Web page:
# Lesson 3: Division Review

## Getting Started

Now that you've practiced multiplying whole and decimal numbers, you're ready to review division as well. You probably remember that division is the opposite of multiplication. For example, 3 × 2 = 6, and 6 ÷ 2 = 3. Division can be represented in several ways:

Each of these can be read as

In a division problem, the number that is being divided is called the

*twelve divided by three*.In a division problem, the number that is being divided is called the

*dividend*and the number that does the dividing is called the*divisor*. The answer is called the*quotient*.Just as with the other operations, there is an algorithm for dividing whole numbers that can also be used for dividing decimal numbers with just an extra step or two added.

### Stuff You Need

- 3-hole drilled card stock (kit)
- colored pencils
- construction paper (kit)
- glue or glue stick
- Interactive Notebook
- marker
- scissors

### Ideas to Think About

- How is division like repeated subtraction?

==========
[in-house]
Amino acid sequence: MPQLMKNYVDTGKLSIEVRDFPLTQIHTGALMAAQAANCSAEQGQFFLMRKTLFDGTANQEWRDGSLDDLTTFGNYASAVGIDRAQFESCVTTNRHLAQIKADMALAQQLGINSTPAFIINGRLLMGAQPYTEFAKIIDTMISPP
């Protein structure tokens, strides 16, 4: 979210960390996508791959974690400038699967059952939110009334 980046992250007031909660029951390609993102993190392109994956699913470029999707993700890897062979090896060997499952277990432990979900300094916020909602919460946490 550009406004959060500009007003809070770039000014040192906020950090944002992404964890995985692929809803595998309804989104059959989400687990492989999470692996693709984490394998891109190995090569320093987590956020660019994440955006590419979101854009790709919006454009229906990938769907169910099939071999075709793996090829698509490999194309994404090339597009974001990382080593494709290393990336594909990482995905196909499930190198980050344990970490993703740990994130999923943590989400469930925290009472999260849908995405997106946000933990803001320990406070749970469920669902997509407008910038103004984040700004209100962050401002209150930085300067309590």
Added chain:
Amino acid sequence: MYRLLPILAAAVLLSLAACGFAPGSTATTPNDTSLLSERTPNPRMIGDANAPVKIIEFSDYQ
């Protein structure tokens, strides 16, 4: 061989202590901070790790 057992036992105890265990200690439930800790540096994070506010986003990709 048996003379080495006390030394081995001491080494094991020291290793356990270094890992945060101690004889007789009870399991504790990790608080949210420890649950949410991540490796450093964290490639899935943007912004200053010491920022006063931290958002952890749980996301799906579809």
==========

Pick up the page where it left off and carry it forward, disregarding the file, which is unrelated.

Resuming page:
- How can using divisibility rules be used when dividing larger dividends?
- What are some ways to interpret remainders in division problems?
- In what ways might a remainder affect the answer to a word problem?

### Things to Know

- Division is the opposite of multiplication. For example, 3 × 2 = 6, and 6 ÷ 2 = 3.
- Division is repeated subtraction. In other words, 8 ÷ 4 means 8 − 4 = 4 − 4 = 0. Four can be subtracted from eight two times.
- In a division problem, the number being divided is called the dividend and the number that does the dividing is called the divisor. In the problem 6 ÷ 2 = 3, the number 6 is the dividend that is being divided by the divisor, which is 2. The answer to a division problem is called the quotient.
- If one number is divisible by another, it means that the quotient has no remainders. For example, 10 is divisible by 5 but not by 3.
- Remainders in division word problems can be interpreted in different ways. The remainder may need to be included, discarded, or used to round an answer up by 1. Using decimals and zeros can allow division to continue so that no remainder is needed.

### Skills

- Fluently divide multi-digit numbers using the standard algorithm
- Fluently divide multi-digit decimals using the standard algorithm
- Solve real-world and mathematical problems involving the four operations with rational numbers

### Introducing the Lesson

In this lesson, your child will review and practice skills for long division involving whole and decimal numbers. He will learn rules for divisibility that will help him more quickly and efficiently divide numbers, and he will develop strategies for interpreting how to deal with remainders in division problems.